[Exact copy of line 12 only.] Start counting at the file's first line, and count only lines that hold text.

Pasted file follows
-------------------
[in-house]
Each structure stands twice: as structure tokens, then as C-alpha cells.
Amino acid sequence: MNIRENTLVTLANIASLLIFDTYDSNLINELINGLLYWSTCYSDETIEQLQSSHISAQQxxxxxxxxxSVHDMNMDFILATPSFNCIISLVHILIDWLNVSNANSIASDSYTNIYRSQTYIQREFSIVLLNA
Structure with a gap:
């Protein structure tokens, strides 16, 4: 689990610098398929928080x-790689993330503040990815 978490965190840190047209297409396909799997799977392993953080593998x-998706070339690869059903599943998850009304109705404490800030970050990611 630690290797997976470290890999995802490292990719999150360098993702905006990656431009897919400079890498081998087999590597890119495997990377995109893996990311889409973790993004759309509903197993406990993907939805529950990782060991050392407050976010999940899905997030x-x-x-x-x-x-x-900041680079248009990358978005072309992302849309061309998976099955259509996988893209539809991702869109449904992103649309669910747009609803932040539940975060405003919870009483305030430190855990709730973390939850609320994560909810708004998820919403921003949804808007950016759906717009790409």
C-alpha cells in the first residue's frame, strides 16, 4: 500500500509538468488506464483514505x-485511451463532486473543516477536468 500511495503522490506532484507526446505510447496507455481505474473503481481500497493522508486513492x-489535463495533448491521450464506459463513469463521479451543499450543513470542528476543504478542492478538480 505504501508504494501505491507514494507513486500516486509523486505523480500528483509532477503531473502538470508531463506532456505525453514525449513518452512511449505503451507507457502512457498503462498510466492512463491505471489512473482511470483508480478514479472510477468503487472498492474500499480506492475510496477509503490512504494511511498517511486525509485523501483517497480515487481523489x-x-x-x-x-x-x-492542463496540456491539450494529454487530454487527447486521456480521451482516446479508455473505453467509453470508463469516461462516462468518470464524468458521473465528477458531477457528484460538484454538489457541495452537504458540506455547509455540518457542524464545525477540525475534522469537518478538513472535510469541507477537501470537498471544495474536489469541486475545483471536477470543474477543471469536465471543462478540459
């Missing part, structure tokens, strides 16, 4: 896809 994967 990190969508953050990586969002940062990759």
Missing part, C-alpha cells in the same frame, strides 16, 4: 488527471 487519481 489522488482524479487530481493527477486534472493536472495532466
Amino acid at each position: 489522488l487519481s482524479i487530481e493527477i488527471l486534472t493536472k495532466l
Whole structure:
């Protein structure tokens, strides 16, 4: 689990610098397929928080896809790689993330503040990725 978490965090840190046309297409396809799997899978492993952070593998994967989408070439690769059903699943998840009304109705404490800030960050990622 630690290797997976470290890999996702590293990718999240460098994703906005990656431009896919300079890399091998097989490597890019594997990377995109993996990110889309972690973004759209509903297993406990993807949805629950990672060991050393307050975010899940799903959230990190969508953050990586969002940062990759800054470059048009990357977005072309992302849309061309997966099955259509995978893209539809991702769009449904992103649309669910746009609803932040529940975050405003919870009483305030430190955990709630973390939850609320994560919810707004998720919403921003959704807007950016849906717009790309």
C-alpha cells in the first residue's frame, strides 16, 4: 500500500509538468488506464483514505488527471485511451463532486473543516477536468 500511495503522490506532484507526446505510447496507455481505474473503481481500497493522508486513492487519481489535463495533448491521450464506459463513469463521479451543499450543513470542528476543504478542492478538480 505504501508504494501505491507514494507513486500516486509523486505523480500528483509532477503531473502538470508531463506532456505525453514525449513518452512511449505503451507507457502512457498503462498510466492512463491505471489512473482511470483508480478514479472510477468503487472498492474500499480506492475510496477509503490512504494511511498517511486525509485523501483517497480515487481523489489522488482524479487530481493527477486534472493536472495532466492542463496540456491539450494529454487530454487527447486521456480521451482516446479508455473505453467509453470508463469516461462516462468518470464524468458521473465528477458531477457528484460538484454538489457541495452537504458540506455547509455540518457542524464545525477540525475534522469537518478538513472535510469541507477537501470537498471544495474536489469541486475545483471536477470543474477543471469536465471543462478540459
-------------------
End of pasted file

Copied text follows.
C-alpha cells in the first residue's frame, strides 16, 4: 500500500509538468488506464483514505488527471485511451463532486473543516477536468 500511495503522490506532484507526446505510447496507455481505474473503481481500497493522508486513492487519481489535463495533448491521450464506459463513469463521479451543499450543513470542528476543504478542492478538480 505504501508504494501505491507514494507513486500516486509523486505523480500528483509532477503531473502538470508531463506532456505525453514525449513518452512511449505503451507507457502512457498503462498510466492512463491505471489512473482511470483508480478514479472510477468503487472498492474500499480506492475510496477509503490512504494511511498517511486525509485523501483517497480515487481523489489522488482524479487530481493527477486534472493536472495532466492542463496540456491539450494529454487530454487527447486521456480521451482516446479508455473505453467509453470508463469516461462516462468518470464524468458521473465528477458531477457528484460538484454538489457541495452537504458540506455547509455540518457542524464545525477540525475534522469537518478538513472535510469541507477537501470537498471544495474536489469541486475545483471536477470543474477543471469536465471543462478540459